Submitted by scott on Mon, 10/17/2016 - 11:56

As we sped onward we soon made acquaintance with a traditionally familiar feature, the "pitch-holes," or "chuck-holes" --  the ugly word is not inappropriate -- which render traveling over the prairies at times a sore task. They are gullies and gutters, not unlike the Canadian "cahues" of snow formation: varying from 10 to 50 feet in breadth, they are rivulets in spring and early summer, and -- few of them remain perennial --  they lie dry during the rest of the year. Their banks are slightly raised, upon the principle, in parvo , that causes mighty rivers, like the Po and the Indus, to run along the crests of ridges, and usually there is in the sole a dry or wet cunette, steep as a step, and not unfrequently stony; unless the break be attended to, it threatens destruction to wheel and axle tree, to hound and tongue. The pitch-hole is more frequent where the prairies break into low hills; the inclines along which the roads run then become a net work of these American nullahs.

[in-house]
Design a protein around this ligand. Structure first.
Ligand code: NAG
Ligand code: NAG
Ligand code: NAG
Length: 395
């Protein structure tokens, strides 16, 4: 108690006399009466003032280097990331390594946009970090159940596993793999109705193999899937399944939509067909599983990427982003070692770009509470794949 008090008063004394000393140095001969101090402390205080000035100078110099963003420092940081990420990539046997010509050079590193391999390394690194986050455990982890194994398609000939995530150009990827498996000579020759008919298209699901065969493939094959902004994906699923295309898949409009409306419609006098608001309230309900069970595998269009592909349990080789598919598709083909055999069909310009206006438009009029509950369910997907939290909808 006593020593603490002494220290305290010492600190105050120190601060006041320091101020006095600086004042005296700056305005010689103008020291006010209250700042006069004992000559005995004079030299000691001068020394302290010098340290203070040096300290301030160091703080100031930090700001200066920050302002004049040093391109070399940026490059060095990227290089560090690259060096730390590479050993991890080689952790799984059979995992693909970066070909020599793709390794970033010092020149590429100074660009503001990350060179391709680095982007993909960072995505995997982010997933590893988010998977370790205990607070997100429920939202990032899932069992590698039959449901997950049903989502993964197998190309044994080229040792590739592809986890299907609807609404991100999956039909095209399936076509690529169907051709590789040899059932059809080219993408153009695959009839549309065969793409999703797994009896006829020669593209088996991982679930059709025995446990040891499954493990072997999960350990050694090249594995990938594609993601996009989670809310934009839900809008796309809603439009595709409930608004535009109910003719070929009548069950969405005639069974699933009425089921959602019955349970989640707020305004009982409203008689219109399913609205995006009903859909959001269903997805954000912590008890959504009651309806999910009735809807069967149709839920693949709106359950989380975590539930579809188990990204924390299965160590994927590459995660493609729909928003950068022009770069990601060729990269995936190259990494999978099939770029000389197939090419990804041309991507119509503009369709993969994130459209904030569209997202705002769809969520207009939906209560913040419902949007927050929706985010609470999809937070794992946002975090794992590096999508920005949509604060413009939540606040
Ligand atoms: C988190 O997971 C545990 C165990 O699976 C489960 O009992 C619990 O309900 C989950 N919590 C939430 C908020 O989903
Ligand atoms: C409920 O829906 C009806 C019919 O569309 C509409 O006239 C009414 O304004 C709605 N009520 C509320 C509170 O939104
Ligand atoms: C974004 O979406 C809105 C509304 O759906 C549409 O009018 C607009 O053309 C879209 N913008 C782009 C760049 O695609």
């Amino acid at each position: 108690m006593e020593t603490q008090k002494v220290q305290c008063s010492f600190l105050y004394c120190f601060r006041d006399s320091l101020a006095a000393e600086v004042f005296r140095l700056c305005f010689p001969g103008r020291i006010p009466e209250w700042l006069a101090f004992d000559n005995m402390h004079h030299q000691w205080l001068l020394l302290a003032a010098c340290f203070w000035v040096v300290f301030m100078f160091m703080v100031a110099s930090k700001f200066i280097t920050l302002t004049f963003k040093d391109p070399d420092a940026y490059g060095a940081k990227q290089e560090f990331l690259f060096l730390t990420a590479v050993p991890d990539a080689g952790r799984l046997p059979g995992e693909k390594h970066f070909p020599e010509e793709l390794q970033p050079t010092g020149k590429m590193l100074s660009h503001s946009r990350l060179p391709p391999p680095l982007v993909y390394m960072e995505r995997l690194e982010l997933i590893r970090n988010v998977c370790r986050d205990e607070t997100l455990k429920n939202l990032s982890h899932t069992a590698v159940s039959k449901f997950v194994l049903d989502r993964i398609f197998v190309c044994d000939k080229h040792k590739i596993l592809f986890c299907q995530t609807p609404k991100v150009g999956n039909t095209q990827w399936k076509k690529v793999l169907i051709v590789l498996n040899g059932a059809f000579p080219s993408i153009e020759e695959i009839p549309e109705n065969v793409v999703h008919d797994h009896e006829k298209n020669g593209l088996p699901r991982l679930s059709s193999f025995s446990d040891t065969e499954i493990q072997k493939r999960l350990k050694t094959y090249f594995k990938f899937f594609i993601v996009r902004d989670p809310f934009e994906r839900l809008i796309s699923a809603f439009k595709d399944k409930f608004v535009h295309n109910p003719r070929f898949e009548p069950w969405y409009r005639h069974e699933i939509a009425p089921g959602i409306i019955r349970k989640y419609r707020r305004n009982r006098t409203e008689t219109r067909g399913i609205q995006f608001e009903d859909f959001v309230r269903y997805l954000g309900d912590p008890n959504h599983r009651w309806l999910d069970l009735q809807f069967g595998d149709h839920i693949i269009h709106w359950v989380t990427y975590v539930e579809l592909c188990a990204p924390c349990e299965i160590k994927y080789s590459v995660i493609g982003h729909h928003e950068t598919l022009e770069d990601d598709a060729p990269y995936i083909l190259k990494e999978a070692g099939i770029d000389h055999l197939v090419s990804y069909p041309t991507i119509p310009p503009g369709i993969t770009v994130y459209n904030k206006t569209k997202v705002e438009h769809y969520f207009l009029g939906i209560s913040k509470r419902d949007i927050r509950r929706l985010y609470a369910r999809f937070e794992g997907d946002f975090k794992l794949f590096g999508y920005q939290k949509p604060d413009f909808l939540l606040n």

Burton, Richard. 1861. The City Of The Saints. London: Longman, Green, Longman, and Roberts.